Major change coming TOMORROW means thousands more households will get fast-tracked benefits

A major change coming tomorrow means thousands more households will have their benefit applications fast-tracked.

Terminally-ill people will be able to get their payments six months sooner from Monday, April 4.

People who are diagnosed as being in their final year of life will be fast-tracked through the system.

Currently, claimants have to have a six-month prognosis to get faster access to benefits.

The shake-up means patients can get payments six months earlier.

Announcing the change last July, the Department for Work and Pensions (DWP) said those eligible will not have to undergo face-to-face assessments.


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They will not be subject to a waiting period and in the majority of cases will receive the highest rate of benefits.

The changes coming next week will only apply to Universal Credit and Employment Support Allowance (ESA) claims initially.

But the government has plans to extend it to Personal Independence Payment, Disability Living Allowance and Attendance Allowance in the future.

It said those benefits will be fast-tracked "when parliamentary time allows".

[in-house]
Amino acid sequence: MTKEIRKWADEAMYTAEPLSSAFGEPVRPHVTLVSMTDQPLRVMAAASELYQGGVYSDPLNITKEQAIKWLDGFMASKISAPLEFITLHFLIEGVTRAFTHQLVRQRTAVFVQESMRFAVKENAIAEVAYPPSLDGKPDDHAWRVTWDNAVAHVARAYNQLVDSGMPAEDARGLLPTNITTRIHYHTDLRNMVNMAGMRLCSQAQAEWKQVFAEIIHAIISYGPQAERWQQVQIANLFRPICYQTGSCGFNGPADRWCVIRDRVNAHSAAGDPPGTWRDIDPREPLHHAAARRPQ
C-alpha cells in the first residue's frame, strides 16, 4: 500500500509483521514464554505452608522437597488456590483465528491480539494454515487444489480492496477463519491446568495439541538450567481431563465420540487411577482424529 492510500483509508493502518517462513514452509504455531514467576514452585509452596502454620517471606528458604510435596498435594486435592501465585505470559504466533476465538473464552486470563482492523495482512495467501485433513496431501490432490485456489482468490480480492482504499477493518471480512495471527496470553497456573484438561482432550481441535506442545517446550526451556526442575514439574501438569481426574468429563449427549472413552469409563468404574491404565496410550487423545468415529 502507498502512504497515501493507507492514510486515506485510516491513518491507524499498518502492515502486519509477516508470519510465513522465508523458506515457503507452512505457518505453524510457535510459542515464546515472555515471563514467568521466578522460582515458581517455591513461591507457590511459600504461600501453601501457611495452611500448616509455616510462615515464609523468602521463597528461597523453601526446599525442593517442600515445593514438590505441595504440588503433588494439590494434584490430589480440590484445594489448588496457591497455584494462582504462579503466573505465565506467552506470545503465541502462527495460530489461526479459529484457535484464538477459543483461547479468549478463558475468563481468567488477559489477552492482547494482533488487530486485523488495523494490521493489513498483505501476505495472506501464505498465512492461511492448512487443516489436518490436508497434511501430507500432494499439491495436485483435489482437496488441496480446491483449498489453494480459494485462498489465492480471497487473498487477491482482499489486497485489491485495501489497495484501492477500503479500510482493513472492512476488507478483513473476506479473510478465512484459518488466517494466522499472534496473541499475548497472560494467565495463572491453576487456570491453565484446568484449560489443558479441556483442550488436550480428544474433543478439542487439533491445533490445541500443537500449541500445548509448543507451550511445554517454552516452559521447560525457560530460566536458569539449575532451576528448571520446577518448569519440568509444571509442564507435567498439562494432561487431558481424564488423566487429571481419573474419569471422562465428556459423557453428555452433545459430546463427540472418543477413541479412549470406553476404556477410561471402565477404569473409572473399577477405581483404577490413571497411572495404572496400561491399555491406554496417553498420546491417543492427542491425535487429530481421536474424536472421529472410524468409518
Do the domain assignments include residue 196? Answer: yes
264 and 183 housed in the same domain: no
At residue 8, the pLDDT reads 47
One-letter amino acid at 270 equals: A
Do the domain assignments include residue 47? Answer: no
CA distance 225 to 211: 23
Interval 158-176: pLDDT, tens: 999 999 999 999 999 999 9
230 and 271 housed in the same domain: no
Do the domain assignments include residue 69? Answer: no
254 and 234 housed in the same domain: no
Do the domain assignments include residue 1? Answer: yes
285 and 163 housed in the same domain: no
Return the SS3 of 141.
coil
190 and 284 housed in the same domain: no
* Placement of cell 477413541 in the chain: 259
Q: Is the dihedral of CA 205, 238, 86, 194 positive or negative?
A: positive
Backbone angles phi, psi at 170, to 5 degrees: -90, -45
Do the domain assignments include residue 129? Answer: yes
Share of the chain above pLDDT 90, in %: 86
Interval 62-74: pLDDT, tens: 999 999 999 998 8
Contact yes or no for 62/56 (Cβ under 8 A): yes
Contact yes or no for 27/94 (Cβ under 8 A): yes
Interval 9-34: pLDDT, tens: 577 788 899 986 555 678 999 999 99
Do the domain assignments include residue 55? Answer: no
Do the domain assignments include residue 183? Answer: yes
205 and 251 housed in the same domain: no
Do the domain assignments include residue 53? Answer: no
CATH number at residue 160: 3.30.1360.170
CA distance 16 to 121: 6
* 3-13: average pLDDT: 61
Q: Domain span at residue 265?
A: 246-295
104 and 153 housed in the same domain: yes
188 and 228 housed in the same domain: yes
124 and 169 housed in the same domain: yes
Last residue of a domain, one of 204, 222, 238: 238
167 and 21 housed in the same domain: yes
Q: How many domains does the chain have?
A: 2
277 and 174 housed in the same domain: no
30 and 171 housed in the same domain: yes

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Campaigners welcomed the change when it was announced last year.

But they urged the government to go further and include the other benefits as soon as possible.

Matthew Reed, chief executive of the end of life charity Marie Curie, said: "This will help ensure that more dying people can concentrate on making the most of the limited time they have left, rather than worrying about their finances."

Sally Light, chief executive of the Motor Neurone Disease Association added that the change will allow more people to " access the support they need swiftly and sensitively, without the need for a face-to-face assessment".

"This is an important first step and we hope that this positive change can be enacted for other applicable benefits as soon as possible," she said.

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Benefit payments are rising this month – find out how much more you'll get for Universal Credit.

But thousands of households could have their payments stopped unless they act now.

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